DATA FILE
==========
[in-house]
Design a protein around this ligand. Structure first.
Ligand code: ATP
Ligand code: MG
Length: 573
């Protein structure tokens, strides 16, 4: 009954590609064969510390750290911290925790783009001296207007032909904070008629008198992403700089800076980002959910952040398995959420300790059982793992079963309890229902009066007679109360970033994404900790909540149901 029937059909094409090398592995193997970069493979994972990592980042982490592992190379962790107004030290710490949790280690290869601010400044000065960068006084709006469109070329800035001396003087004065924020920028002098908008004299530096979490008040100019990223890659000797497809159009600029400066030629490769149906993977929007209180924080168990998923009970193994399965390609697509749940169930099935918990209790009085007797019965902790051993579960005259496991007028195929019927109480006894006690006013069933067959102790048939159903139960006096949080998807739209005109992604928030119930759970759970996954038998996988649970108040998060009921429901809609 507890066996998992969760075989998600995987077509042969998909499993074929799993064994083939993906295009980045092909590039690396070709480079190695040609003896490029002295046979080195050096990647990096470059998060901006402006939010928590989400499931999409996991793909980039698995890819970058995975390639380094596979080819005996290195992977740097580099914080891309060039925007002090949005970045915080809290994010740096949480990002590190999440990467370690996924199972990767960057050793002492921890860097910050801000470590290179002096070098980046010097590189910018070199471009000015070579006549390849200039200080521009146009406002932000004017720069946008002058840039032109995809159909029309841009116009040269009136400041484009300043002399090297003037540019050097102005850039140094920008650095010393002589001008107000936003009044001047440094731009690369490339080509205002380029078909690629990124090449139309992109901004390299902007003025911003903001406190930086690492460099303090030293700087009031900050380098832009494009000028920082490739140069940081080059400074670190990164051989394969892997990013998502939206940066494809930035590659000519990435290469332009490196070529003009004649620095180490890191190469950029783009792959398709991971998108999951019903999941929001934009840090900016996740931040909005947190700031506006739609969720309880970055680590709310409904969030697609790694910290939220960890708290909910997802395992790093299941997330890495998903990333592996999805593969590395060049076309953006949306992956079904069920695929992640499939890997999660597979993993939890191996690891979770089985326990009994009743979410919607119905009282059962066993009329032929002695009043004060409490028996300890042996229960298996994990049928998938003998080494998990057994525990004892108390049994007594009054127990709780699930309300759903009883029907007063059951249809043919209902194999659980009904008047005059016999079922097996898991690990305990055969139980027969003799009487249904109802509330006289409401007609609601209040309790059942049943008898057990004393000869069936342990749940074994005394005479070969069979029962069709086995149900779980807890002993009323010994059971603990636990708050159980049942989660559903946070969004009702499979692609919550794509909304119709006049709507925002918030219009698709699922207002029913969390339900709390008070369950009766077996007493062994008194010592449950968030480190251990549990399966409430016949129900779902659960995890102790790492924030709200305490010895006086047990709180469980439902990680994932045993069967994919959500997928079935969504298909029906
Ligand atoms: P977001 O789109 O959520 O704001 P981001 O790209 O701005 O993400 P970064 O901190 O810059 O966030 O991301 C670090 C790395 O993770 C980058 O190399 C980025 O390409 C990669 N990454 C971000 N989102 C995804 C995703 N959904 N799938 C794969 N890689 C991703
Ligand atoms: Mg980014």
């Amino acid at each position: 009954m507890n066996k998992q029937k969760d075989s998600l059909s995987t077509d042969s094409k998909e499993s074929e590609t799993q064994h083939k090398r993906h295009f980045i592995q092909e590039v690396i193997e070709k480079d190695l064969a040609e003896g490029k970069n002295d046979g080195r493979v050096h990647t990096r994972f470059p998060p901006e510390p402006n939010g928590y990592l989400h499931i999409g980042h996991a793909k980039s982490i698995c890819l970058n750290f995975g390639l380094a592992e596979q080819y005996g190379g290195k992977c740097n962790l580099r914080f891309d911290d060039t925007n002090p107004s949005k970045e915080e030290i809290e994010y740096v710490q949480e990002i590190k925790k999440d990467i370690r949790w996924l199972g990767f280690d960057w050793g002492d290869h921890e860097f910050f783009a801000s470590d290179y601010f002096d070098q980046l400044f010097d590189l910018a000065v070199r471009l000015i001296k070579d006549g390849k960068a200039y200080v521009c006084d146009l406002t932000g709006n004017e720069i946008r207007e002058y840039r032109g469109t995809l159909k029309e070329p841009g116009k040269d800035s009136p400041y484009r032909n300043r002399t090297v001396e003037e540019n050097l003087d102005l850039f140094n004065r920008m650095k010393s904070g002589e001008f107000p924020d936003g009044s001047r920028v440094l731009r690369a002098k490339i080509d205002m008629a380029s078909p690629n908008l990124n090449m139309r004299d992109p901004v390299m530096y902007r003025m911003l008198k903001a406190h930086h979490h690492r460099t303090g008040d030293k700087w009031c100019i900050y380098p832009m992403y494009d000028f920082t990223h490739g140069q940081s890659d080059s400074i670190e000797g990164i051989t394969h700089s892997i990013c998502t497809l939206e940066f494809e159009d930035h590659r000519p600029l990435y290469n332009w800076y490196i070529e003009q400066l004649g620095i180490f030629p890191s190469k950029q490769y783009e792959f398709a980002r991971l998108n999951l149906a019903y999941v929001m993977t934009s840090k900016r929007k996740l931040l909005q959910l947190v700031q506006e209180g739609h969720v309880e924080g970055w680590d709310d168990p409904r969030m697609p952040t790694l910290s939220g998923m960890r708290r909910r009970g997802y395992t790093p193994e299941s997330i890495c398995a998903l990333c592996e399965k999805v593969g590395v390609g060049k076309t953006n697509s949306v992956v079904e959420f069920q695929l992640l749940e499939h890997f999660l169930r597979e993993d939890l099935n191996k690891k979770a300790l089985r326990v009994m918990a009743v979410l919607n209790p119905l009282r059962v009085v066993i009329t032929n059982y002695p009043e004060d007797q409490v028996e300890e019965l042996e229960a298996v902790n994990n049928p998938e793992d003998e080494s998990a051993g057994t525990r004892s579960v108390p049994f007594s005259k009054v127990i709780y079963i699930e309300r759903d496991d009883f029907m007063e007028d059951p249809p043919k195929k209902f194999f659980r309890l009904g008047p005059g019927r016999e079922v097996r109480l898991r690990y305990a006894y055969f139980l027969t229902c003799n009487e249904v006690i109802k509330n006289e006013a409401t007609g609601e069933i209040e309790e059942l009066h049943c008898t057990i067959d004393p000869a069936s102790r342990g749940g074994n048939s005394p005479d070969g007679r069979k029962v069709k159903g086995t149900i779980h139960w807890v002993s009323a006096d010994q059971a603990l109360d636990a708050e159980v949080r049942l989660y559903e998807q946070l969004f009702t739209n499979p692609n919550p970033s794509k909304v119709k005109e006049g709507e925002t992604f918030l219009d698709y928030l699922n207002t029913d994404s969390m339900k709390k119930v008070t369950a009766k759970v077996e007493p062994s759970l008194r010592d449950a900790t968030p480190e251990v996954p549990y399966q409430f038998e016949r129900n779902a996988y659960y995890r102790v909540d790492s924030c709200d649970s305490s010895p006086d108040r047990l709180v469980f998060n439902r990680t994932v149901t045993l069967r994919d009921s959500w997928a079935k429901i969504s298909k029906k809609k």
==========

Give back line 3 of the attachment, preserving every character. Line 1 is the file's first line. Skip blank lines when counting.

Ligand code: ATP